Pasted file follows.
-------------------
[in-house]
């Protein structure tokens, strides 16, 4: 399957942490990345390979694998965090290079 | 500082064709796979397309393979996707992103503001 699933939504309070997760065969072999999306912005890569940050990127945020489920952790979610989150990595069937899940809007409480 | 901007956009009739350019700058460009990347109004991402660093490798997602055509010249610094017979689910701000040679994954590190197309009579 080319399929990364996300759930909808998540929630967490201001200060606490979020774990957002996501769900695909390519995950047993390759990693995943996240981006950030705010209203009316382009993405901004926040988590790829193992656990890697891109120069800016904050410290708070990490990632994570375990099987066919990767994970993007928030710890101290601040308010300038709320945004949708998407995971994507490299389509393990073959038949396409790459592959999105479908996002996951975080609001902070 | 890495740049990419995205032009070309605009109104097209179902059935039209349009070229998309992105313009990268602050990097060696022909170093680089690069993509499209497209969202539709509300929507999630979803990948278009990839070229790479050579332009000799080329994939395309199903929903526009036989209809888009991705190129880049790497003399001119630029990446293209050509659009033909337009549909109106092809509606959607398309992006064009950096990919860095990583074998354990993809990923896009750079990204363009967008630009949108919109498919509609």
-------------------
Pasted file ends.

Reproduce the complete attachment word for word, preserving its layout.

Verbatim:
[in-house]
């Protein structure tokens, strides 16, 4: 399957942490990345390979694998965090290079 | 500082064709796979397309393979996707992103503001 699933939504309070997760065969072999999306912005890569940050990127945020489920952790979610989150990595069937899940809007409480 | 901007956009009739350019700058460009990347109004991402660093490798997602055509010249610094017979689910701000040679994954590190197309009579 080319399929990364996300759930909808998540929630967490201001200060606490979020774990957002996501769900695909390519995950047993390759990693995943996240981006950030705010209203009316382009993405901004926040988590790829193992656990890697891109120069800016904050410290708070990490990632994570375990099987066919990767994970993007928030710890101290601040308010300038709320945004949708998407995971994507490299389509393990073959038949396409790459592959999105479908996002996951975080609001902070 | 890495740049990419995205032009070309605009109104097209179902059935039209349009070229998309992105313009990268602050990097060696022909170093680089690069993509499209497209969202539709509300929507999630979803990948278009990839070229790479050579332009000799080329994939395309199903929903526009036989209809888009991705190129880049790497003399001119630029990446293209050509659009033909337009549909109106092809509606959607398309992006064009950096990919860095990583074998354990993809990923896009750079990204363009967008630009949108919109498919509609």